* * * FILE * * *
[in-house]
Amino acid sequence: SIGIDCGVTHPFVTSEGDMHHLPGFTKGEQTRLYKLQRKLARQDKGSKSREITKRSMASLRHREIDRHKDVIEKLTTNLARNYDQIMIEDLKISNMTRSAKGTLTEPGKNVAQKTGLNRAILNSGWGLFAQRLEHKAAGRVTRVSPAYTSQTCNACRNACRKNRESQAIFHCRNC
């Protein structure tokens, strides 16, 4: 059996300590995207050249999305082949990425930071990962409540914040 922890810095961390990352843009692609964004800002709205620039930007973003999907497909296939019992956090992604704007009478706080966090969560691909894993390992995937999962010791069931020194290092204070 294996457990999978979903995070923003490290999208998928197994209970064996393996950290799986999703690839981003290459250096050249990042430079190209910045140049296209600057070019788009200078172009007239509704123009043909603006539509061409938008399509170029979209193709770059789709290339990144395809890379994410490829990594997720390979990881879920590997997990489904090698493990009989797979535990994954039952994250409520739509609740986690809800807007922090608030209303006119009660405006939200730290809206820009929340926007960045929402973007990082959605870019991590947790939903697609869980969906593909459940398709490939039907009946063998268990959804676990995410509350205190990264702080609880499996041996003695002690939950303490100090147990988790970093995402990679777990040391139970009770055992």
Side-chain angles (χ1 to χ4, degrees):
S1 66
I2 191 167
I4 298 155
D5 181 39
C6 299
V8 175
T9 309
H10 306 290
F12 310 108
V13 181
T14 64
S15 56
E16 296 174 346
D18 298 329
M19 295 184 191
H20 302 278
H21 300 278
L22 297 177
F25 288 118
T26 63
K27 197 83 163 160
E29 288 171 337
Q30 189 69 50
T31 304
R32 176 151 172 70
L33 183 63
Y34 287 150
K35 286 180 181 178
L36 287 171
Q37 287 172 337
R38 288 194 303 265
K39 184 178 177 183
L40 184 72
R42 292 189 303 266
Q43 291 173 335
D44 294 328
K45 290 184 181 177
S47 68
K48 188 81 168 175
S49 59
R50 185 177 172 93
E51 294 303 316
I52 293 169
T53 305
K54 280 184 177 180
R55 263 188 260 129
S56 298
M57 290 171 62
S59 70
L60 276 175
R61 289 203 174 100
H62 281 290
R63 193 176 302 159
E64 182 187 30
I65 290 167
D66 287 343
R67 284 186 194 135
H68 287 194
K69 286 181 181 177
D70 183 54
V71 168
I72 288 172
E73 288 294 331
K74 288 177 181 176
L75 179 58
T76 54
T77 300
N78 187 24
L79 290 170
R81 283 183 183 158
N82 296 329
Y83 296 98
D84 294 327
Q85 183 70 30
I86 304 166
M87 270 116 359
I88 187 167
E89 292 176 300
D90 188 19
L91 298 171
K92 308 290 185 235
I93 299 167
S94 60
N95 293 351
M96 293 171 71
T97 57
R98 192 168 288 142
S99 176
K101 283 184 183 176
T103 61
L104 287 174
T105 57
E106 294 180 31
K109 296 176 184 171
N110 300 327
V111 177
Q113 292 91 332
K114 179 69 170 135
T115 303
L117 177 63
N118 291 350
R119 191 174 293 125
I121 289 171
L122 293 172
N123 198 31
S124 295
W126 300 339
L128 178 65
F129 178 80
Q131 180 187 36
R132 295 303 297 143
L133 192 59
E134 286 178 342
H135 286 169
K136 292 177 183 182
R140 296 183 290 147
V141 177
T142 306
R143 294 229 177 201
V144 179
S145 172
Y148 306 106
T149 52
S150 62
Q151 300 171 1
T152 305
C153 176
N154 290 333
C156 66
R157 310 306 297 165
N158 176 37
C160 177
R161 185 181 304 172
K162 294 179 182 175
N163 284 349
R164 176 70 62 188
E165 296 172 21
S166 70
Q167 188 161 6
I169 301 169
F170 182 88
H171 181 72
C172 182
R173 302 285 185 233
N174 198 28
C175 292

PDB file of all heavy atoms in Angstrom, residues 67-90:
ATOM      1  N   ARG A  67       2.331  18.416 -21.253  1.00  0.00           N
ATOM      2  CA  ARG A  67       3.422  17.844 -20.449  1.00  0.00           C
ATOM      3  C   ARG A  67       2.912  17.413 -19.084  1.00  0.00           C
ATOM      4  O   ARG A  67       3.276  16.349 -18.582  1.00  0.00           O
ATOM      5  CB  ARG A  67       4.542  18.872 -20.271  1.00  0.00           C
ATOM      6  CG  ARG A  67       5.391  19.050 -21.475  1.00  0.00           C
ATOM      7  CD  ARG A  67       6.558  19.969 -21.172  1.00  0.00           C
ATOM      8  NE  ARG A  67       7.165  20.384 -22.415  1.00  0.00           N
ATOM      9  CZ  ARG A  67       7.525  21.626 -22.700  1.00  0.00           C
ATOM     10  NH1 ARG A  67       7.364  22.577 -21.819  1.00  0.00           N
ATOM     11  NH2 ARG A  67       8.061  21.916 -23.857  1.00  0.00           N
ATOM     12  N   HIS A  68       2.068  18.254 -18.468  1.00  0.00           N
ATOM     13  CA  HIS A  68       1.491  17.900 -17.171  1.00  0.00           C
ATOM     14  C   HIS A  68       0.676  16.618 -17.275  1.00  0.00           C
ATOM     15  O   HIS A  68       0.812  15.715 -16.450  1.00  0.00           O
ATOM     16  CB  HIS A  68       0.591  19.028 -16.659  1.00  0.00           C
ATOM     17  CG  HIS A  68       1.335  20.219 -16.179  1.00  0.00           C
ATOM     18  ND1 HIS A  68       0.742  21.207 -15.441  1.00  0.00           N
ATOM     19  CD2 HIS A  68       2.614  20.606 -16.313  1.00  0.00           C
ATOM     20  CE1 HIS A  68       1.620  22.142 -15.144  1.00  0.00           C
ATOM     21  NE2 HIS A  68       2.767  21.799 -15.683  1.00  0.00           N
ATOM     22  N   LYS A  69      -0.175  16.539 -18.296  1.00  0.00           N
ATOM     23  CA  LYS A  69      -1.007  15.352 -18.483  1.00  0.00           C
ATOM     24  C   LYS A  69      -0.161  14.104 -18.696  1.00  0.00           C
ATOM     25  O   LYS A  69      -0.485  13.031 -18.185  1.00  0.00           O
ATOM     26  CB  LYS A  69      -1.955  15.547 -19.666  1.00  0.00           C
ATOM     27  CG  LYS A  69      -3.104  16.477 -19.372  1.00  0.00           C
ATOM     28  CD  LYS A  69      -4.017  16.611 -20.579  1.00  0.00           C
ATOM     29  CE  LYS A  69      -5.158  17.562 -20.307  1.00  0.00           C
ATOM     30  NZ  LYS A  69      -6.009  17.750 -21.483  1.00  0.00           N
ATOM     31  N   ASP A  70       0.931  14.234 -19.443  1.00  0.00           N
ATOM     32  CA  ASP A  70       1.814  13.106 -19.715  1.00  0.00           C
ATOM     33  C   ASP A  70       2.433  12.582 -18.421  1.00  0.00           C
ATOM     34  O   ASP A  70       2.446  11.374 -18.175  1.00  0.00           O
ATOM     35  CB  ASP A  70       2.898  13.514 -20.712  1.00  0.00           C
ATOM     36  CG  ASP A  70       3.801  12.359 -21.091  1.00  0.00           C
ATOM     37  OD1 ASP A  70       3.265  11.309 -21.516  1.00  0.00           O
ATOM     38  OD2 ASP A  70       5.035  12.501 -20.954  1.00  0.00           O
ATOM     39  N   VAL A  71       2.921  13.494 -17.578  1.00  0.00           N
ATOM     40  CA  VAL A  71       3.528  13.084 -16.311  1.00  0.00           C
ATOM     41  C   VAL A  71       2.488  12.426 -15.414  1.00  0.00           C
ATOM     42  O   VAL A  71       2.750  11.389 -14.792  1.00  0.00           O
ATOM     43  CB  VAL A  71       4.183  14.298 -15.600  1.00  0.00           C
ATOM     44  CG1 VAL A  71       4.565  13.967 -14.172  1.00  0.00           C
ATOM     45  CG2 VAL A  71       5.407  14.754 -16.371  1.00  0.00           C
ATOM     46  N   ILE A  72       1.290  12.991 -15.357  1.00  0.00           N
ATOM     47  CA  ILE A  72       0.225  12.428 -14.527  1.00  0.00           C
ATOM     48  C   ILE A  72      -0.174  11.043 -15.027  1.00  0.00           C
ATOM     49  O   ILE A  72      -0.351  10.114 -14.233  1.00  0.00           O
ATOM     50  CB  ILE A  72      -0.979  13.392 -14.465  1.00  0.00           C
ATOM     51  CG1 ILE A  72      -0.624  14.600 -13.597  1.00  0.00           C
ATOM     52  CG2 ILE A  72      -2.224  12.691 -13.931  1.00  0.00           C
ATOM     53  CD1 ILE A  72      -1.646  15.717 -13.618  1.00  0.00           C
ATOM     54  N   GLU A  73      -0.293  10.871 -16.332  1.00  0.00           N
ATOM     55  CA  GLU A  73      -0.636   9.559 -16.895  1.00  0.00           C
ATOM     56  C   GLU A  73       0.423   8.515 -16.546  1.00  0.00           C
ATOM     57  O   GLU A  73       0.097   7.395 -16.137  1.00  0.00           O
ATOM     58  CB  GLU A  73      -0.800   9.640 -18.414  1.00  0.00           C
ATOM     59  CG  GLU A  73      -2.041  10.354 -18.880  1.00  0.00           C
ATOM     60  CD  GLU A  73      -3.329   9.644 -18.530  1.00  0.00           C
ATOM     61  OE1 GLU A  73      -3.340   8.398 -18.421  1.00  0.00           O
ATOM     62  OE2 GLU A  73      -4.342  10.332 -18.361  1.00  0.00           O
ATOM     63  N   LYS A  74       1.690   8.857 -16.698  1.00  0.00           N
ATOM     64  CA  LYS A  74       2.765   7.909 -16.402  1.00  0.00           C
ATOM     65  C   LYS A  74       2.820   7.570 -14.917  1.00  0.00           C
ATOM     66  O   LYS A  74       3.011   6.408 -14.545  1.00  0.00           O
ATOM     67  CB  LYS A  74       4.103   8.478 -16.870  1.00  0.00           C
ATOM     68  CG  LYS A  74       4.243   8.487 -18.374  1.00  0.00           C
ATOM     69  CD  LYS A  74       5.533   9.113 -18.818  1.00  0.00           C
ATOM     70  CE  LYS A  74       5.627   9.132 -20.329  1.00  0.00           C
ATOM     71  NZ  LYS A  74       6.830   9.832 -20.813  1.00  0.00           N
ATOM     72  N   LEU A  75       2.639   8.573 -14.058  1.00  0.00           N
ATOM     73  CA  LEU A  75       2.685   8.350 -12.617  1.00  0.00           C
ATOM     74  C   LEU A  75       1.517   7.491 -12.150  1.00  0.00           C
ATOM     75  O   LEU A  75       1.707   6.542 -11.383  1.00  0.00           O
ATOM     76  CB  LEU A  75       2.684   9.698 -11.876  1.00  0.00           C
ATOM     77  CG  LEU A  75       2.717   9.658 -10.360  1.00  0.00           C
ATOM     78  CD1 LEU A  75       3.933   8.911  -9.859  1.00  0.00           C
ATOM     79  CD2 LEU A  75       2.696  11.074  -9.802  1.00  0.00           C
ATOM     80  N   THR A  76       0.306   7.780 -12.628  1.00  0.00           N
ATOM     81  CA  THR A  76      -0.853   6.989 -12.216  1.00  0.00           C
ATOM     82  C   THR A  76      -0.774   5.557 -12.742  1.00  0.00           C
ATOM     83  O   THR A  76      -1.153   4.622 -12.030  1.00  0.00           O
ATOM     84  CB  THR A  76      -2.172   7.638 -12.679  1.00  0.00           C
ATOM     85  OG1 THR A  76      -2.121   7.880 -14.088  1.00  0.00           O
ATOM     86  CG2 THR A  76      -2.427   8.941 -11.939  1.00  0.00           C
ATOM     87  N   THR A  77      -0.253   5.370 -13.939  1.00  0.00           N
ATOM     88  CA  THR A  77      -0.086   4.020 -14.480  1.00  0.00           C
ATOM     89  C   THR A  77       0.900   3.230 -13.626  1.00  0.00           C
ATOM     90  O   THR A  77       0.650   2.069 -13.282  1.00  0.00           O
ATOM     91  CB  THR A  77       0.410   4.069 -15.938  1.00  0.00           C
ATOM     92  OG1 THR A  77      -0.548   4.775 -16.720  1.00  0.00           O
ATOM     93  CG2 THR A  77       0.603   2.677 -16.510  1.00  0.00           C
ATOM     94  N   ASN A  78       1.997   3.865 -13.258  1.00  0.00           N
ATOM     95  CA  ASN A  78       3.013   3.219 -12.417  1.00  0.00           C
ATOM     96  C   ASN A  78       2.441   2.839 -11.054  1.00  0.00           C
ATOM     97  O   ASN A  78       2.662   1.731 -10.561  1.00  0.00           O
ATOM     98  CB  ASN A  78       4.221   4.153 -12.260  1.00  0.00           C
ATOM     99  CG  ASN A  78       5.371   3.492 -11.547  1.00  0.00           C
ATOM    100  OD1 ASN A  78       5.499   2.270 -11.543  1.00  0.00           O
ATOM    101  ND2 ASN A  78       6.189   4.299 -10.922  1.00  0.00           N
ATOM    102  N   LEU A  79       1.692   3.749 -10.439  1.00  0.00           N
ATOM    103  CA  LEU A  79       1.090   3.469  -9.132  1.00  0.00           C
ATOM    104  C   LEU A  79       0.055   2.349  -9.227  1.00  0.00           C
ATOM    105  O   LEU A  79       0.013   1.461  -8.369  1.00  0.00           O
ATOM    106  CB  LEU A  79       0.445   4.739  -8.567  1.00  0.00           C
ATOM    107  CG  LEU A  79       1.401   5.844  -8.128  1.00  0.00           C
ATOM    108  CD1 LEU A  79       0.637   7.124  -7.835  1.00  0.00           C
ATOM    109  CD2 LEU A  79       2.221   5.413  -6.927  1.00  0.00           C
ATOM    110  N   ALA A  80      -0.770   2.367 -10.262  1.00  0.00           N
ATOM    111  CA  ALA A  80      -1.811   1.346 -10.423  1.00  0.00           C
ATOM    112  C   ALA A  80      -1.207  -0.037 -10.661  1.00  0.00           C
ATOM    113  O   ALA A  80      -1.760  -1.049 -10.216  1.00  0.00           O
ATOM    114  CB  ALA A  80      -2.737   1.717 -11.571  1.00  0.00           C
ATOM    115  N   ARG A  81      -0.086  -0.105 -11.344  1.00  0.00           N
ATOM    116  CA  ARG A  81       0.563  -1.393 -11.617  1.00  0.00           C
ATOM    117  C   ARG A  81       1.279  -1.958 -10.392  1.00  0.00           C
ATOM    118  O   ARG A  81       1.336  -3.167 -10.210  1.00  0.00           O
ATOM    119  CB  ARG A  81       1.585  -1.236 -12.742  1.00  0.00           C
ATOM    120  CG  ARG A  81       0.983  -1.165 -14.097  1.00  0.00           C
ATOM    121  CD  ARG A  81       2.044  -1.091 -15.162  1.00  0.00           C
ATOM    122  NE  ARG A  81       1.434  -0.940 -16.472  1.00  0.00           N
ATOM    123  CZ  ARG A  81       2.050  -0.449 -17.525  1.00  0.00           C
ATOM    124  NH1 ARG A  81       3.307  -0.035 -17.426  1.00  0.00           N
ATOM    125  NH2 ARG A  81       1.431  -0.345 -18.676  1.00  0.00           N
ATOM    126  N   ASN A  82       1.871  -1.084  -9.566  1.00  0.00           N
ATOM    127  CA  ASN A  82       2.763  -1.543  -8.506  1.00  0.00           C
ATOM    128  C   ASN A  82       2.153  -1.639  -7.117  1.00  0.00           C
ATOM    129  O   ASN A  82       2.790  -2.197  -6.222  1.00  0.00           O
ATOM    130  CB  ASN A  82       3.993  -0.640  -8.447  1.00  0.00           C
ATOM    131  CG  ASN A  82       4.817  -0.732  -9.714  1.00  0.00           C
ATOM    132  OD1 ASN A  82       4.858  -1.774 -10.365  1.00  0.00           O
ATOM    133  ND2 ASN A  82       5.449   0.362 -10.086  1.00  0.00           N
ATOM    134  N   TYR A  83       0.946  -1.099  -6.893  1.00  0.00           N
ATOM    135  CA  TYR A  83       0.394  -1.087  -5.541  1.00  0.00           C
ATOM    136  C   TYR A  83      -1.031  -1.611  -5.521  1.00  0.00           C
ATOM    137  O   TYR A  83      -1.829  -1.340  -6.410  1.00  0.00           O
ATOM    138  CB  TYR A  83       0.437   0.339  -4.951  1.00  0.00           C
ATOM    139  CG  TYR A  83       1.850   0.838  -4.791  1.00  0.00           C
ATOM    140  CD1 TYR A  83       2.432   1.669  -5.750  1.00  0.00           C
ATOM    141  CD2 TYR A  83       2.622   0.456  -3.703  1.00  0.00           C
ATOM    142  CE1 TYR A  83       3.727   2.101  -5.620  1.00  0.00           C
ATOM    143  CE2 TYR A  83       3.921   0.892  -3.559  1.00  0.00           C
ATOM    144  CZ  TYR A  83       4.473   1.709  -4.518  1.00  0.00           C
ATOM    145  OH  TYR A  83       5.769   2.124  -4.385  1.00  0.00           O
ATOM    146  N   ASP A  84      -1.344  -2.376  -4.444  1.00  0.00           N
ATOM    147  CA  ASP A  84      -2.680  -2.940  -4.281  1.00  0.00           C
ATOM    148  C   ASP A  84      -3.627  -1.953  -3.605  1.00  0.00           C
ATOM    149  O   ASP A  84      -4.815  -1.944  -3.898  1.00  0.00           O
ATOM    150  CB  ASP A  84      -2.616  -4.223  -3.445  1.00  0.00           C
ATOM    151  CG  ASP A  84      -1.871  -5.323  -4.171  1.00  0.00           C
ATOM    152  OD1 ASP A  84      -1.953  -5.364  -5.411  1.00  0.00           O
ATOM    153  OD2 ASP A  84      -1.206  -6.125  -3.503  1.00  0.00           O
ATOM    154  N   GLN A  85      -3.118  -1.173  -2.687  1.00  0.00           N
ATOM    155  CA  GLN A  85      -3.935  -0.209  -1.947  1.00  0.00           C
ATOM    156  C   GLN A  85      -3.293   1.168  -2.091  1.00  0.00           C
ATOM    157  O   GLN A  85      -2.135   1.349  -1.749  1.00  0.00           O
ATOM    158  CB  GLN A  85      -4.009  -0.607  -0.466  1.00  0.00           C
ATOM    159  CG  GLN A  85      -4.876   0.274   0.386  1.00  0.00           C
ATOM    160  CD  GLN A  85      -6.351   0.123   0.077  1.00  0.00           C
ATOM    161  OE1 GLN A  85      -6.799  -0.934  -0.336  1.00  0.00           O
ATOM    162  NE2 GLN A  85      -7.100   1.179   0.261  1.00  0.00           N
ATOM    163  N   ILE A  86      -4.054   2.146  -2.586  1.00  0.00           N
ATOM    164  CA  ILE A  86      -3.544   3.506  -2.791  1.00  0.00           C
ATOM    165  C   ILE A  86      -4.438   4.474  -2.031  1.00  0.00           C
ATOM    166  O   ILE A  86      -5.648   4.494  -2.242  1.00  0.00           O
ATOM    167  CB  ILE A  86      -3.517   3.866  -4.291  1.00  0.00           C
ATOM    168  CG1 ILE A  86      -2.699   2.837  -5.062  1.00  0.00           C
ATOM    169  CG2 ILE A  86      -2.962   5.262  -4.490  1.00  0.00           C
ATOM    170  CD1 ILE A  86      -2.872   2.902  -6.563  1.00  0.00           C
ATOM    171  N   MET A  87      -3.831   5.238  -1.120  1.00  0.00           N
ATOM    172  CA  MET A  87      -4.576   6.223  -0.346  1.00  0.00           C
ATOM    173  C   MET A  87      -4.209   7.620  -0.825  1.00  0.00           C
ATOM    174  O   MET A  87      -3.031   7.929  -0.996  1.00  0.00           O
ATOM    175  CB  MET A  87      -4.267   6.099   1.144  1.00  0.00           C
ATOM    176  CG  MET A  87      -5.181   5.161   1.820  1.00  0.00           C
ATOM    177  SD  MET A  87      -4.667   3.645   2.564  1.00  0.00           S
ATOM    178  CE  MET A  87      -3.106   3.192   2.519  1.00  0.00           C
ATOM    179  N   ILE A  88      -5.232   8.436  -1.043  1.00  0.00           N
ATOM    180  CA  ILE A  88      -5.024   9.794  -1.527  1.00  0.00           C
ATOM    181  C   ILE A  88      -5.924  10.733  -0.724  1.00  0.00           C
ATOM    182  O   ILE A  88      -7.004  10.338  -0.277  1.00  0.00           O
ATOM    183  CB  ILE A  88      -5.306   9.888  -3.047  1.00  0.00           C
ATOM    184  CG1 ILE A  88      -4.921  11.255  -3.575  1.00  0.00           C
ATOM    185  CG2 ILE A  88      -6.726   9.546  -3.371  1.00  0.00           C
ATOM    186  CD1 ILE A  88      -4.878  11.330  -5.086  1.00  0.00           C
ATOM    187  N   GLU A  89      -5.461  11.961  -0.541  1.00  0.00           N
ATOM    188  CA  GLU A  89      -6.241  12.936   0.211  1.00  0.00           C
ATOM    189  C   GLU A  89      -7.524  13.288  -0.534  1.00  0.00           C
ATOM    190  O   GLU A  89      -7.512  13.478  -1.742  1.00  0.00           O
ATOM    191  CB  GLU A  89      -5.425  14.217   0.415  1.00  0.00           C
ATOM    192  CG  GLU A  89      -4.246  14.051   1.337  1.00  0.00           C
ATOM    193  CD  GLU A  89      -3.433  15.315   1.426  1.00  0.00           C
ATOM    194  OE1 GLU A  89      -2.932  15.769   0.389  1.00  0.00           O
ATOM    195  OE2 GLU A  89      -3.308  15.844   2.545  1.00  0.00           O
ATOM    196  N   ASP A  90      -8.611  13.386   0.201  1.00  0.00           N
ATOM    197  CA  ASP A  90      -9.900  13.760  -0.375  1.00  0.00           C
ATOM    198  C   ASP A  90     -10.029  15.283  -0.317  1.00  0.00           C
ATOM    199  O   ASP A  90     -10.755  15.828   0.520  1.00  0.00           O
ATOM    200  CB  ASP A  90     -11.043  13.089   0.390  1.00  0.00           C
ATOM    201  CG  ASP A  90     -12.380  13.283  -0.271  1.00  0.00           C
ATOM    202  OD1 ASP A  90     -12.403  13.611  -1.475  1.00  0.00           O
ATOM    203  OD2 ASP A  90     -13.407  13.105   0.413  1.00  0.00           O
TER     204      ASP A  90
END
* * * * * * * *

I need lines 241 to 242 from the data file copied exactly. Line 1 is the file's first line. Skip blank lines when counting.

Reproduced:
ATOM     90  O   THR A  77       0.650   2.069 -13.282  1.00  0.00           O
ATOM     91  CB  THR A  77       0.410   4.069 -15.938  1.00  0.00           C